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Conceiving an international instrument on limitations and exceptions to copyright

This study, sponsored by the Open Society Institute (OSI), reflects contributions from leading copyright and IP experts, who participated at a workshop sponsored by the OSI and held at the Cardozo School of Law in New York in December, 2007. The task of developing a global approach to limitations and exceptions ("L&E's") is one of the major challenges facing the international copyright system today. As mechanisms of access, L&E's contribute to the dissemination of knowledge, which in turn is essential for a variety of human activities and values, including liberty, the exercise of political power, and economic, social and personal advancement. Part I analyses the structure of limitations and exceptions under the Berne Convention and sketches the rationale for a multilateral approach to the question of limitations and exceptions. Part II explores flexibilities inside the international copyright acquis, review the three-step test and assess its import for the validity of a proposed international instrument on L&E's, particularly given the expansion of the test in the TRIPS Agreement and the interpretive jurisprudence of the WTO dispute panels.
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Complying with the National Institutes of Health Public Access Policy: Copyright Considerations and Options

Effective April 7, 2008, investigators must deposit articles stemming from NIH funding into the agency's PubMed Central online archive, to be made publicly available no later than 12 months after publication in a journal. This whitepaper from the Scholarly Publishing and Academic Resources Coalition (SPARC), Science Commons and the Association of Research Libraries (ARL) seeks to help university and medical school administrators ensure their institutions comply with public access requirements that are soon to be a condition of National Institutes of Health (NIH) funding.
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A study of Canadian authorship in selected SPARC Alternative journals in the early years after their introduction

The Scholarly Publishing and Academic Resources Coalition (SPARC) is an initiative of the Association of Research Libraries. In 1998 SPARC introduced the Alternative Program working with partners to launch new journals to compete with existing high-priced titles in the STM field. Currently there are 11 titles in this program listed on the website (http://www.arl.org/sparc/partner/partnerlist.html), three of which are freely accessible. This paper examines the earliest adopters, Organic Letters and Evolutionary Ecology Research to determine author satisfaction with these journals. Organic Letters although originally a SPARC Alternative journal is no longer listed under this Program. A survey of Canadian authors in these journals in the first five years since inception provides insight into the reasons why they chose to publish in these journals and has definite implications for librarians. The results of these surveys are discussed in the larger framework of existing scholarly communication models.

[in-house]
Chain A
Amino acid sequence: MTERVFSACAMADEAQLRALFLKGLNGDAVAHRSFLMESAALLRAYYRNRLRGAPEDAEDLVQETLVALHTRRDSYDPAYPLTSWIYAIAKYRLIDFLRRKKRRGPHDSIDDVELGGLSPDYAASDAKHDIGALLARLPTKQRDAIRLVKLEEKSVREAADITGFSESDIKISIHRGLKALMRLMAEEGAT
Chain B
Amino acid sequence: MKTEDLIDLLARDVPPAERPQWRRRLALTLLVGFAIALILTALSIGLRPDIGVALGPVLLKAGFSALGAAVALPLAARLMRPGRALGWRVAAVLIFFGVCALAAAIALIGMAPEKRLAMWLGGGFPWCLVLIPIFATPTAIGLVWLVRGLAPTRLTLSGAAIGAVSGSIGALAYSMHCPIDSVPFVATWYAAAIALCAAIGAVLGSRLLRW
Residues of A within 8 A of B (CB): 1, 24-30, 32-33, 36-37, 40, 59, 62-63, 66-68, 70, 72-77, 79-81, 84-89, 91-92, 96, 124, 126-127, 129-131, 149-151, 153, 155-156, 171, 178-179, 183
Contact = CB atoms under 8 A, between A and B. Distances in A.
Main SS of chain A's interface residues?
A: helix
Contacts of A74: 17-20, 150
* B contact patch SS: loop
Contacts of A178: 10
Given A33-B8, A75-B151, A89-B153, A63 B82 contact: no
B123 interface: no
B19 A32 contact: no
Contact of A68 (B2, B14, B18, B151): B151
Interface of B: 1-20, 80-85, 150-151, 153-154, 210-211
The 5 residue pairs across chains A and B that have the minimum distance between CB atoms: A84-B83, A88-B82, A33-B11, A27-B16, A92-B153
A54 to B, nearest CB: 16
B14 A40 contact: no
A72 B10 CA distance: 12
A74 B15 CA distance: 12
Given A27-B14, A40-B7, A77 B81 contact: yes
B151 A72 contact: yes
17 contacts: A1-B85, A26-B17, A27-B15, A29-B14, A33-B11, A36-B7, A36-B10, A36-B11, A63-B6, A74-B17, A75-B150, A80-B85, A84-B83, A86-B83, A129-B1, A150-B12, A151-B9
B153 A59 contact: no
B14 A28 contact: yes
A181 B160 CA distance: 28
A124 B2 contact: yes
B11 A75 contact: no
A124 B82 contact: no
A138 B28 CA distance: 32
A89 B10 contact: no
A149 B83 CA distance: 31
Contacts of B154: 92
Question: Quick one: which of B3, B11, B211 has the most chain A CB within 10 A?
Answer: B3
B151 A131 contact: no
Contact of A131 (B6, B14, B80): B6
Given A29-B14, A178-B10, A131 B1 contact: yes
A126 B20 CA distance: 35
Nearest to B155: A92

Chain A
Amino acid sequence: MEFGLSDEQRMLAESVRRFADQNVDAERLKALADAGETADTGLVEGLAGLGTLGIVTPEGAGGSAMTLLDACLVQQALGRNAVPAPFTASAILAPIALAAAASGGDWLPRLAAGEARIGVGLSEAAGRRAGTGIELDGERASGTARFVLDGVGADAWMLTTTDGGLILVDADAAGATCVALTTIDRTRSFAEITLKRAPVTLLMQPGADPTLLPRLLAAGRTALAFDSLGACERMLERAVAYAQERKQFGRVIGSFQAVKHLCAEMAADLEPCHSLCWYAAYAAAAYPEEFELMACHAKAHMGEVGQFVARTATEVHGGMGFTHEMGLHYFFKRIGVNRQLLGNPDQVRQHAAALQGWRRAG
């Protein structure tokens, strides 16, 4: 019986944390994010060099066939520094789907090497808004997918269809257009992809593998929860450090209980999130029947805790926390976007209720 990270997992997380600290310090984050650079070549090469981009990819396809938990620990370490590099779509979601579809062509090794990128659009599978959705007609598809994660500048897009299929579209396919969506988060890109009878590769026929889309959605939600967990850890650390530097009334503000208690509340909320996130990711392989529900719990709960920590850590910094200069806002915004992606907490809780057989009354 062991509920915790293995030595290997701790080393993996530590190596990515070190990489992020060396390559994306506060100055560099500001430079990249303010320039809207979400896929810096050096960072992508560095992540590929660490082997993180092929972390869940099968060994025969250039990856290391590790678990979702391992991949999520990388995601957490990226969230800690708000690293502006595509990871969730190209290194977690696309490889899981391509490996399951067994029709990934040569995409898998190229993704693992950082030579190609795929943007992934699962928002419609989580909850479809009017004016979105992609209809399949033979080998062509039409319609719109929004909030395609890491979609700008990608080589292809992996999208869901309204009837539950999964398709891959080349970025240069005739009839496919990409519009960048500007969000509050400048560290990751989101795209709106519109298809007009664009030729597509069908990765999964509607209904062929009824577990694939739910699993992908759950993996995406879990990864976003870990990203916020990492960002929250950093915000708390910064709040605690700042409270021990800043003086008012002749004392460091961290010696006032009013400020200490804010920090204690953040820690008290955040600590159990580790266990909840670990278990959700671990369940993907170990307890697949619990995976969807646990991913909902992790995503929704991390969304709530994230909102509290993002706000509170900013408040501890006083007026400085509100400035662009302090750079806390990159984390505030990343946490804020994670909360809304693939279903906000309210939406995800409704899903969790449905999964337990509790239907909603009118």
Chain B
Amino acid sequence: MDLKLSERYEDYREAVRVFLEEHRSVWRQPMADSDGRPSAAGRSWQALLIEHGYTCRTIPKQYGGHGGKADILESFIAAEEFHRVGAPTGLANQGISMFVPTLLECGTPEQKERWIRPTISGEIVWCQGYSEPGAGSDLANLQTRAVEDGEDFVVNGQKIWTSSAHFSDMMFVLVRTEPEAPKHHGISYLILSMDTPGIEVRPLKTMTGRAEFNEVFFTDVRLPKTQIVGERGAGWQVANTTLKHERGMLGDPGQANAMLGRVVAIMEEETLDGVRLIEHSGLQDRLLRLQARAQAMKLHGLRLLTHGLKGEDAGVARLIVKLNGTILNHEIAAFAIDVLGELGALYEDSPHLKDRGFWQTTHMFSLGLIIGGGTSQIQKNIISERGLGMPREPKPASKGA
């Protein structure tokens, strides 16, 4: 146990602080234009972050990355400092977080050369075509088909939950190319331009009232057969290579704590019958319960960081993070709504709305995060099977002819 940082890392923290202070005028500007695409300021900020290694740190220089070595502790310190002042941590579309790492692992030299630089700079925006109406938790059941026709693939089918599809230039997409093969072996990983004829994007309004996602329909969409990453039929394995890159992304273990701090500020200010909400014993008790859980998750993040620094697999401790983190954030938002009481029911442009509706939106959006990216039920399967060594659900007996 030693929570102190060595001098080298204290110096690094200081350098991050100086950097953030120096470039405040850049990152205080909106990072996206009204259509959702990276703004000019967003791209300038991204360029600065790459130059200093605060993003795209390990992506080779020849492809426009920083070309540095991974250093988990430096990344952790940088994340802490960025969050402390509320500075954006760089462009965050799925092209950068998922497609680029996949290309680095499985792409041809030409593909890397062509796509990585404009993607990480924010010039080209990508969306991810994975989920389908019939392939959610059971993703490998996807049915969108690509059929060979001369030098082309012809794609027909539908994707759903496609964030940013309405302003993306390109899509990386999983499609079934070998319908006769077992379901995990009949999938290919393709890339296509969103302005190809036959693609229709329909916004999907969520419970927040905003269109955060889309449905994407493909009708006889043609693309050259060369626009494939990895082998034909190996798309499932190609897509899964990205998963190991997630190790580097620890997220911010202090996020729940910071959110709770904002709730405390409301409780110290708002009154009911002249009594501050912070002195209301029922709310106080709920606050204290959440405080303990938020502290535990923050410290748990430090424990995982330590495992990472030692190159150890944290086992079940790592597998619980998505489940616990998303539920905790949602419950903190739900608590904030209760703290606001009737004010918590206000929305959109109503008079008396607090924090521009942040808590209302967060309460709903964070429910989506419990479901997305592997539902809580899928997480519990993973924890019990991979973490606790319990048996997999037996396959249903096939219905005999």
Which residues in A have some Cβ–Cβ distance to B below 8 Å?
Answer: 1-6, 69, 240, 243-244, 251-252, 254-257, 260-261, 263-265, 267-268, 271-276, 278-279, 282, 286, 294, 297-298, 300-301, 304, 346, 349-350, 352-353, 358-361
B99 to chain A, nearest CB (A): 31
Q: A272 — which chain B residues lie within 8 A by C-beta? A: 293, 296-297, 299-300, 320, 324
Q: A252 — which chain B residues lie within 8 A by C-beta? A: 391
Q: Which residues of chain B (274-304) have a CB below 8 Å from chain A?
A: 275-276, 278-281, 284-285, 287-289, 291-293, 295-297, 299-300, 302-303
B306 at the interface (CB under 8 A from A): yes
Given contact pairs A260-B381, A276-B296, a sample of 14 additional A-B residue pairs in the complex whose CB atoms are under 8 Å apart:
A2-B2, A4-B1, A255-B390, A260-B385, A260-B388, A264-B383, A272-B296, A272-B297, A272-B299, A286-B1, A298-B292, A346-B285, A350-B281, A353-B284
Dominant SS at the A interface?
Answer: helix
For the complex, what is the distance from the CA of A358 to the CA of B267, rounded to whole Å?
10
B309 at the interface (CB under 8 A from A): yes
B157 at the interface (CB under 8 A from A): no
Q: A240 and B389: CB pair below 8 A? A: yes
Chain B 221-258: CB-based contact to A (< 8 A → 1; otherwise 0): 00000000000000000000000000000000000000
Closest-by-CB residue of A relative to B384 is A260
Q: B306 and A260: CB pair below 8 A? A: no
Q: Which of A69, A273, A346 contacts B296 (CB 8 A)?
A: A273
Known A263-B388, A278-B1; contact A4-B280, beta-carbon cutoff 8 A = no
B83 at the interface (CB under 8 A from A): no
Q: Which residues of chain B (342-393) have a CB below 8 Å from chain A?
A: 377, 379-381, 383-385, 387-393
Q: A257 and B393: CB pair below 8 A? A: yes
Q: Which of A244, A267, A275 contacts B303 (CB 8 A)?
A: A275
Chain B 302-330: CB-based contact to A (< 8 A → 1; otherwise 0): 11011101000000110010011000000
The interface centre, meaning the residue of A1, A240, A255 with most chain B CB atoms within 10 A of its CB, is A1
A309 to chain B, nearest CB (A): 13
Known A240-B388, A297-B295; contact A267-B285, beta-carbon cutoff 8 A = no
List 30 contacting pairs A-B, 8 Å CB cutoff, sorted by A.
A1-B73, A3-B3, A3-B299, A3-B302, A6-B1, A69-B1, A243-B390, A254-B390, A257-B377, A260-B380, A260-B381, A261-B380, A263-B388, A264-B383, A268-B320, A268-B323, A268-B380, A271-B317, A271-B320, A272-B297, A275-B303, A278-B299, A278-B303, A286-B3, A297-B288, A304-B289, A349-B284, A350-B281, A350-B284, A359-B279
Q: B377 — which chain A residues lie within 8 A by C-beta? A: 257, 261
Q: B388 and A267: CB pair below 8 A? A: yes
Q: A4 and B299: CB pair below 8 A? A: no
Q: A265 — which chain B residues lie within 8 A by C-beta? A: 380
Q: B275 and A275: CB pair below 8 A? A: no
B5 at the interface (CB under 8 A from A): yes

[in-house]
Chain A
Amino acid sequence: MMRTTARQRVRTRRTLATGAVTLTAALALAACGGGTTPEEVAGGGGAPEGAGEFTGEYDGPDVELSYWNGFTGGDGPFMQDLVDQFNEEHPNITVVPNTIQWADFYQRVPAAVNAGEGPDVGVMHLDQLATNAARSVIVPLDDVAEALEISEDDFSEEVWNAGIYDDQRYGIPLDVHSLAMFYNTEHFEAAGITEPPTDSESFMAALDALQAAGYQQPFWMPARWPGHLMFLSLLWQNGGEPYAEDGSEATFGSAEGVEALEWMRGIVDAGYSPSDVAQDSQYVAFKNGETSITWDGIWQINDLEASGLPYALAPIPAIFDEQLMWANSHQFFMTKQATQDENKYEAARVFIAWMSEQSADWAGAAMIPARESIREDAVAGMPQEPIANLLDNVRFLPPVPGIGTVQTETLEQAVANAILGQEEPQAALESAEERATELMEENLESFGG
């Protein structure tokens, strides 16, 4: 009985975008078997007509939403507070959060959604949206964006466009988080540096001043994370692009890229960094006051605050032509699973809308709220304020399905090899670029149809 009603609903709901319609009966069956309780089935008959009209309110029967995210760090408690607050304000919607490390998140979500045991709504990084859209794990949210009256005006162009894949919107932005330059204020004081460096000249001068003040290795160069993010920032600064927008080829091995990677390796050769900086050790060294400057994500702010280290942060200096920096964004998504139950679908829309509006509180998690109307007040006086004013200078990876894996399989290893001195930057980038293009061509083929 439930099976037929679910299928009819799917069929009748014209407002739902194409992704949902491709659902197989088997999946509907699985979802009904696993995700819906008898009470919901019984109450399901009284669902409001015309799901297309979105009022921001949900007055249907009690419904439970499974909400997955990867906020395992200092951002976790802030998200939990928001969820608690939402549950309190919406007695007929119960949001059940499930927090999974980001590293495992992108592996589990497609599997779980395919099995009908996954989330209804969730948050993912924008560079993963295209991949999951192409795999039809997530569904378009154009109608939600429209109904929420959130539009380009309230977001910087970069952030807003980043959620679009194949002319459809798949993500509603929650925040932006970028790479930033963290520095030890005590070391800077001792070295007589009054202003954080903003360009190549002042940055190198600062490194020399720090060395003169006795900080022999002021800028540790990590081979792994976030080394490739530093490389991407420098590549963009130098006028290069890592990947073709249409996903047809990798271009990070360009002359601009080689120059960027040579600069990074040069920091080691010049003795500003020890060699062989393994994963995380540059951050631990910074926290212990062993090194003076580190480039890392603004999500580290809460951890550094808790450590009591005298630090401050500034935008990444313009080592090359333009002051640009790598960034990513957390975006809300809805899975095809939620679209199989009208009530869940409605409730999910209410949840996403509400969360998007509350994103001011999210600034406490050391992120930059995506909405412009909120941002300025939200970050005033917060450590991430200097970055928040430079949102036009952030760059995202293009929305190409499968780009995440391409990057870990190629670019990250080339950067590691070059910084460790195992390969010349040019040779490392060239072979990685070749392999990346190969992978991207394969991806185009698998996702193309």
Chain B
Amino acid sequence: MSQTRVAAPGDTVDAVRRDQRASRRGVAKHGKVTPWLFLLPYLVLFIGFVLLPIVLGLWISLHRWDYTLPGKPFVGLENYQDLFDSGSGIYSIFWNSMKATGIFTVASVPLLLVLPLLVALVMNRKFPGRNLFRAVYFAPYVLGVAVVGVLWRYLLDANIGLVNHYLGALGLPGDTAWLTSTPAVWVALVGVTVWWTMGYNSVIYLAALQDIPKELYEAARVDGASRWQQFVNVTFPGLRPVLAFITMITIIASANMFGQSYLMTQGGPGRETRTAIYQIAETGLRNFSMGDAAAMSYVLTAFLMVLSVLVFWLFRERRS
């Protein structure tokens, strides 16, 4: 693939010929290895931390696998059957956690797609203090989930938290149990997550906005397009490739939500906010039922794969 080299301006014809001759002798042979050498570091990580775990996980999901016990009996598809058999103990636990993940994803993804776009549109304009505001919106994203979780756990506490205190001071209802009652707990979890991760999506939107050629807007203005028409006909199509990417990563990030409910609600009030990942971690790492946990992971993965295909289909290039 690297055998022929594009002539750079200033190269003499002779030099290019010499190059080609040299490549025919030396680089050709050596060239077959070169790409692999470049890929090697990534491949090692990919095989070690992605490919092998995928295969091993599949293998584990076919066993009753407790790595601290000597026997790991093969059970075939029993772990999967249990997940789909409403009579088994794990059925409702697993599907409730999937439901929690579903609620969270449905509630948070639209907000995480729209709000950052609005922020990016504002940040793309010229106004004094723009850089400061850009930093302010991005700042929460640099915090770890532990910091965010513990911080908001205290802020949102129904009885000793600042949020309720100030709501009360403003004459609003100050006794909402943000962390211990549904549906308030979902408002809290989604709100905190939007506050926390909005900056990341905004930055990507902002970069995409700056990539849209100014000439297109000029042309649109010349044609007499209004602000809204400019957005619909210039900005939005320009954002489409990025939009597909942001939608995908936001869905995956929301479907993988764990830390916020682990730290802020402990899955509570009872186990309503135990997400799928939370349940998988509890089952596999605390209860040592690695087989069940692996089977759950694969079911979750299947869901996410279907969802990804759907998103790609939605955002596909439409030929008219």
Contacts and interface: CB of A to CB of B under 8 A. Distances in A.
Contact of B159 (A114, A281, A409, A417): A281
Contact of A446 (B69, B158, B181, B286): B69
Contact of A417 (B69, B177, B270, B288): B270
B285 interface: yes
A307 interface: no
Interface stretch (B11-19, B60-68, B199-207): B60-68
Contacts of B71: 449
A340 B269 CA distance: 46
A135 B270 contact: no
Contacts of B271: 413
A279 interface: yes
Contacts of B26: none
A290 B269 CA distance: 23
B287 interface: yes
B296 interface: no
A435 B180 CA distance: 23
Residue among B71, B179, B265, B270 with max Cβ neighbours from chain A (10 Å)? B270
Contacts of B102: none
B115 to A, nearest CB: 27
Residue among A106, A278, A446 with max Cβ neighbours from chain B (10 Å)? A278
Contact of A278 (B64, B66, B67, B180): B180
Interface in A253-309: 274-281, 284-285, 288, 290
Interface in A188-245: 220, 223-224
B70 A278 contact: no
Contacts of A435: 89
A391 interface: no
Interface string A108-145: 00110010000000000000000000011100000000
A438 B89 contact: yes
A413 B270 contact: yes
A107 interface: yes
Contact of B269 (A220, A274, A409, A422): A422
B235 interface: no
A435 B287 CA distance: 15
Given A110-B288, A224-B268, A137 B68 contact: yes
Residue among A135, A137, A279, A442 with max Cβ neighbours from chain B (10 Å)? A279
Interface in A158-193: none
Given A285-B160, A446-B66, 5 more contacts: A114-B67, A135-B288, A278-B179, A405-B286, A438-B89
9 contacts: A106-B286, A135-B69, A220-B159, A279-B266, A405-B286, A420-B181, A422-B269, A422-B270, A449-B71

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Educating authors of biomedical publications to the benefits of Open Access journals

In spite of the advantages of Open Access Publishing, some reluctance to support the OA concept still persists among scientific authors. This is mainly due to the lack of or low value of impact factor (IF) of OA journals which leads researchers to consider them as no high quality sources. Some OA journals are however quickly gaining IF and thus they are becoming more "appealing". Educating scientific authors regarding the benefits of OA is the core purpose of an ongoing initiative aimed at establishing a pilot group of Istituto Superiore di Sanità (ISS, Italian National Institute of Health) researchers supporting the OA paradigm: their activity as starters of an innovative publishing policy is targeted to favouring OA principles among ISS research staff. The publishing practice of ISS researchers with respect to OA journals is being investigated with the objective to find the best strategy to educate authors and foster this new model of publication that guarantees free access to research results in favour of the entire scientific community.
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Open Access&Science Publishing: Results of a Study on Researchers' Acceptance and Use of Open Access Publishing

This report summarises the main descriptive results of a study on researcher's acceptance of Open Access publishing. The study was conducted in 2006 by the Ludwig-Maximilans-University Munich, Germany, in cooperation with the University of Arkansas at Little Rock. The main focus is centered on the question if and why scientists decide or do not decide to publish their work according to the Open Access principle without access barriers and free of cost to readers. With the responses from 688 publishing scientists it could be demonstrated that the general attitude toward the Open Access principle is extremely positive.
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